And, in the same way, being unshaken by yeses, though shaking with despair at the nos and delight at the yeses may not be helped.

One flavor of yes that emerges from the practice of sending writing out for consideration is the opportunity to build a positive relationship of mutual respect, trust, and meaning with the editorial team of a literary magazine in which my writing appears. Those qualities are surely, brilliantly alive in my relationship with the editorial team at Vallum: Contemporary Poetry.

Vallum: Contemporary Poetry 13:1 “Open Theme”; Art: Matt Crump

The lovely, good people at Vallum have been enormously supportive to me and my poems. “Helicopter” and “Nor’easter,” two poems from The Minuses (Center for Literary Publishing, 2020), appeared in issue 13:1 “Open Theme.”

Cover of Mind of Spring; Cover: James Bremner, Jr.

Mind of Spring,” my long, three-part poem won the 2017 Vallum Chapbook Award and was subsequently published with a cheery yellow (the color of palo verde blossoms) cover, in a limited edition chapbook (sold out in print, but available digitally).

Vallum: Contemporary Poetry 18:1 “Invisibility”; Cover: Antoine Janot

Also, my Vallum darlings have published two poems from The Long Now Conditions Permit. “Lustrous Fugitive” appears in issue 18:1 “Invisibility.”

Vallum: Contemporary Poetry 19:1 “Bridges”; Cover: Nora Kelly

I like and admire and respect the editors at Vallum very much, and I like the art and writing that the magazine publishes. Not all of it of course, but most of it and that’s something, because I can be a picky and picayune reader. We each have our preferred chords and flavors and such. “Is Occurring,” another poem from The Long Now Conditions Permit, seems to have struck a chord with the editors of Vallum 19:1 “Bridges,” where it appears. Whoo hoo!

Hurrah bridges!

Poetry Bridges!

Community bridges!

: :

The Pluses!

+ Thank you bows (continuous!) to you, dear reader, for the gift of your attention!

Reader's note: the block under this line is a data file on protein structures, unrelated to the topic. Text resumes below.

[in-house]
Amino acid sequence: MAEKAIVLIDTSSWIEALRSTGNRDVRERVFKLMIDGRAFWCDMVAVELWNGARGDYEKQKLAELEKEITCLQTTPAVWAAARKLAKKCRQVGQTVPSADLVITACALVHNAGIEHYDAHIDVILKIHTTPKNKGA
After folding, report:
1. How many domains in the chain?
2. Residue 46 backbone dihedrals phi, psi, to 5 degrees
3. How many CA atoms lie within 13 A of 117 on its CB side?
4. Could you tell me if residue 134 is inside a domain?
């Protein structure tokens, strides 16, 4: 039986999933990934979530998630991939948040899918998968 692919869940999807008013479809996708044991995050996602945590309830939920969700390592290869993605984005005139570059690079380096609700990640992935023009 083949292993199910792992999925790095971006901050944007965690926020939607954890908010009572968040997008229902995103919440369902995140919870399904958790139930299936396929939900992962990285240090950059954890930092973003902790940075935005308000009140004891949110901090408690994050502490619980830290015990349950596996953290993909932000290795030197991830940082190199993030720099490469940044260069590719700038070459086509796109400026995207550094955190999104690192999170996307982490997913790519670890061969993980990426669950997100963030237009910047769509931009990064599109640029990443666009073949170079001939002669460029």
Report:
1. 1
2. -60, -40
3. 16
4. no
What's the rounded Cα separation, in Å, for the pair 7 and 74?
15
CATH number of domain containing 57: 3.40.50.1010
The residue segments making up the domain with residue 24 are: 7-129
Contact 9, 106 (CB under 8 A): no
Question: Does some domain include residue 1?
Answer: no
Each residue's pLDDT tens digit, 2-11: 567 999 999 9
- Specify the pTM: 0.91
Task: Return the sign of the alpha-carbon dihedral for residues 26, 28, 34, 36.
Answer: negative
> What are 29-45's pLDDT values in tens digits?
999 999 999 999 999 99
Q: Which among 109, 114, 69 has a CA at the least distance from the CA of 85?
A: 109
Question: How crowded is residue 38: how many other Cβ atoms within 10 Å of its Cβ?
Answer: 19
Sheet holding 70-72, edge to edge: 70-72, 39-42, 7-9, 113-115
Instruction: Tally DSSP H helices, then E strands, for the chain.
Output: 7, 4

+ Thank you bows to my community of women/women-identified writers for their beautiful, generous, loving support, inspiration, and encouragement.

+ Thank you bows to Simone Muench, Faculty Advisor, Cassidy Fontaine-Warunek, Managing Editor et al who make Jet Fuel Review a vibrancy; I appreciate their professional and stream-lined editorial production methods, and now that I am taking in issue #23, I am appreciative of their collective, inclusive, expansive editorial vision and artistic direction. 

+ Thank you bows to Eleni Zisimatos, Co-Editor-in-Chief & Poetry Editor, Jay Ritchie, Managing Editor et al at Vallum: Contemporary Poetry for including me and my poems in your sustaining, important, and beautiful presence of and for poetry and art in Montreal, Canada, and internationally.

+ Thank you bows (continuous!) to my publisher Stephanie G’Schwind, and Mountain West Poetry Series editors Donald Revell and Kazim Ali, et al interns at the Center for Literary Publishing (CLP) for making The Minuses (2020) with me.

+ Thank you bows (continuous!) to Beth Svinarich et al at University Press of Colorado for their beautiful support to me and The Minuses.

+ Thank you bows (continuous!) to monsoon storm chaser and marvelous professional photographer, Liz Kemp whose monsoon photograph storms the cover of The Minuses.

+ Thank you bows to Nomados Literary Publishers, Meredith and Peter Quartermain for making my chapbook Instinctive Acts with me.

+ Thank you bows to Vallum Chapbook Series and editors Leigh Kotsilidis and Eleni Zisimatos for making my chapbook Mind of Spring with me.

+ Thank you bows to Finishing Line Press and editors Leah Maines and Christen Kinkaid for making my chapbook Landscape of The Wait with me.

+ Thank you bows (continuous!) to Vincent K. Wong for his friendship, creative collaboration, and for taking my author photos.

+ This bears repeating: Thank you bows (continuous!) to you, dear reader, for the gift of your attention! If you have any questions or comments, write me! I would love to hear from you!